However, the World Health Organisation (WHO) has stated that water safety and quality are fundamental to human development and well-being. This is because health risk may arise from consumption of water contaminated with infectious agents, toxic chemicals, and radiological hazards. Also, improving access to safe drinking water can result in tangible improvements to health.
WHO said providing access to safe water is one of the most effective instruments in promoting health and reducing poverty.
The international health agency states that, “Drinking-water quality management has been a key foundation for the prevention and control of waterborne diseases. Water is essential for life, but it can and does transmit diseases in countries in all continents – from the poorest to the wealthiest.
“The most predominant waterborne disease, diarrhea, has an estimated annual incidence of 4.6 billion episodes and causes 2.2 million deaths every year,” it stated in a report on drinking water quality on its website.
LEADERSHIP Friday reports that most Nigerian households now depend on external sources for their drinking water, such as boreholes, water wells and reservoirs as most homes do not have potable water within their premises.
The Multiple Indicator Cluster survey 2017 indicated that this has put the quality of water Nigerians drink into question, reflected in the incessant outbreak of cholera in the country, reoccurring environmental degradation from contaminated water to the earth tremors being witnessed in the FCT and other parts of the country.
A report by the World Bank in 2017 stated that Nigeria provided clean water to fewer than 10 per cent of its city dwellers in 2015. This represented a four per cent fall from 1990.
The 2017 MICS survey stated that 68 per cent of Nigerians buy or source water from locations outside their homes, maintaining that most of the water Nigerians drink are from sachet, bottle water, taps, wells and boreholes, depending on the location.
According to the survey, women constitute the highest percentage (40 per cent) of persons who go out looking for water.
This situation is far worse in the Northeastern part of the country as 83 per cent of homes have no drinking water in their premises. This is followed by the South-south with 71 per cent and the North-central with 70 per cent with drinking water burden.
The burden is also heavier on the rural areas with 74 per cent, compared to 59 per cent in the urban areas. In most cases, those who go looking for water spend about 30 minutes away from their homes.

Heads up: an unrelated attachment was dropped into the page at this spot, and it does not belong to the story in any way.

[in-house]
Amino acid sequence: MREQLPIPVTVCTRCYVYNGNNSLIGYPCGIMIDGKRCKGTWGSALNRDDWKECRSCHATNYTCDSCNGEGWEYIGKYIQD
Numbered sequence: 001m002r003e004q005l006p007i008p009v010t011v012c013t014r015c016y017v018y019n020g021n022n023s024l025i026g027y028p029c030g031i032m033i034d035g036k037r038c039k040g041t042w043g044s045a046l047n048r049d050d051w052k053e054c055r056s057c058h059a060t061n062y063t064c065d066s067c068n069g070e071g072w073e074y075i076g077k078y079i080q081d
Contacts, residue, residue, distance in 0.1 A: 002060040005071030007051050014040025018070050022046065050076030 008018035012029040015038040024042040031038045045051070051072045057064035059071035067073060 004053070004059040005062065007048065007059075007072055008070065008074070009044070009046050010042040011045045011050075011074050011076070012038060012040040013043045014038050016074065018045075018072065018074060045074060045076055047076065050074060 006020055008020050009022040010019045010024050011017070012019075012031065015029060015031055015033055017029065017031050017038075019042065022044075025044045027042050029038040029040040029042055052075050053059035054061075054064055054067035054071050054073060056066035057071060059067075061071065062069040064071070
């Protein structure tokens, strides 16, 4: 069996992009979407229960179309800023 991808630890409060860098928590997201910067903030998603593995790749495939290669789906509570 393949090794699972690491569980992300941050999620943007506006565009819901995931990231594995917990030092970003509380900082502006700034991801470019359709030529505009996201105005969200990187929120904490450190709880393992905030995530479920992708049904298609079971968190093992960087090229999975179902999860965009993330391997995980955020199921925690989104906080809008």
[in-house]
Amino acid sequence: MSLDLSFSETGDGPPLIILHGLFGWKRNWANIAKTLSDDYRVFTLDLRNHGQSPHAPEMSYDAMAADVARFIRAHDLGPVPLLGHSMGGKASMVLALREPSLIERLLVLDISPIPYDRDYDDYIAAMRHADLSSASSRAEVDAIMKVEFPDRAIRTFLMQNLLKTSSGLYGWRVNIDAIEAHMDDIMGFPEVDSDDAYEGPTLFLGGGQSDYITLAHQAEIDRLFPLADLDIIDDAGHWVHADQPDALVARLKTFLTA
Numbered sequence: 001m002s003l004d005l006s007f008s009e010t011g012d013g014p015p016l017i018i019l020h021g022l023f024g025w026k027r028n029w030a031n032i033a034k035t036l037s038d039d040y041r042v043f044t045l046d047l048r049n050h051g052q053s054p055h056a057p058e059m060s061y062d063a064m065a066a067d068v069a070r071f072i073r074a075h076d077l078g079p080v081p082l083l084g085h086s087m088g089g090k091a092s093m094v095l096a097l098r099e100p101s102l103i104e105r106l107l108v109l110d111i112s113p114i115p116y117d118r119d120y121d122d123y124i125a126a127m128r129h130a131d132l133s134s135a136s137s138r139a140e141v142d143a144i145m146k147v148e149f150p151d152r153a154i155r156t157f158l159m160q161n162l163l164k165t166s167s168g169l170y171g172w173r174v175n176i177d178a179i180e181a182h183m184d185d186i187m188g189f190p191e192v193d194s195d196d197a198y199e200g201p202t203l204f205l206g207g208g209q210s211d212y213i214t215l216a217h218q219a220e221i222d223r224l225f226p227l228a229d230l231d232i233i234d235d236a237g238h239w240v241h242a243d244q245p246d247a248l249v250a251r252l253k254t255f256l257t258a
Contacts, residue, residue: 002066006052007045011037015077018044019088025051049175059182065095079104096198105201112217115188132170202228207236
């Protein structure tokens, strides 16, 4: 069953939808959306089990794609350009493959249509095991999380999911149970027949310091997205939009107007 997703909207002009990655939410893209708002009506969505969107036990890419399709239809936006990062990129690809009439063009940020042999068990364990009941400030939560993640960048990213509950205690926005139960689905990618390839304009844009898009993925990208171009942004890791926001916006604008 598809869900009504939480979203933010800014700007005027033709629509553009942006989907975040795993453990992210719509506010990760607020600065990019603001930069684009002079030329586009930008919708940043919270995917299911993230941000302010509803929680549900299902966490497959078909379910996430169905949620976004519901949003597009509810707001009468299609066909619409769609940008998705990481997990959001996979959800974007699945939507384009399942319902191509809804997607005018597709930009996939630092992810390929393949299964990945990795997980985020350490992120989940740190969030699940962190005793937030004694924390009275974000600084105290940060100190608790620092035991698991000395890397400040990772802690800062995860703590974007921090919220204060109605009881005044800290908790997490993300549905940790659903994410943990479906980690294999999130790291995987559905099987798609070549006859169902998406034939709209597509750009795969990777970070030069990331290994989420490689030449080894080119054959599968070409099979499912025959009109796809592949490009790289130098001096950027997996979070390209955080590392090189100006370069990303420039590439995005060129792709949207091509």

Noting that the Sustainable Development Goals (SDGs) Goal 6 aims at ensuring availability and sustainable management of water and sanitation for all, it is on record that Nigeria needs to invest about $8 billion in providing potable water for the country to achieve Goal 6 by 2030.
An official of the United Nations Children’s Fund (UNICEF), Zaid Jurgi, in March said over 60 million Nigerians still lack access to potable water and more funds must be invested to ensure the access.
He said if the country continues at the present rate of development in the water sector, only about 72 per cent of Nigerians would have access to potable water supply by 2030. Mr Jurgi said access to safe water can save most of the under five children who die from preventable diseases, as most of the diseases are caused by poor access to water.
He noted that about 88 per cent of diarrhea cases in Nigeria come from states that do not meet the WASH standard.
To address the above challenges, it has become necessary that extractive industries be made to ensure safe practices to preserve the environment and protect water bodies.
It has also become necessary to state that, with the declaration of emergency on the sector, it is no longer luxury for government to ensure that potable drinking water is provided for citizens, but an absolute necessity to preserve and protect their lives as well as ensure the preservation of the nation’s existence.
Drinking-water quality management has been a key foundation for the prevention and control of waterborne diseases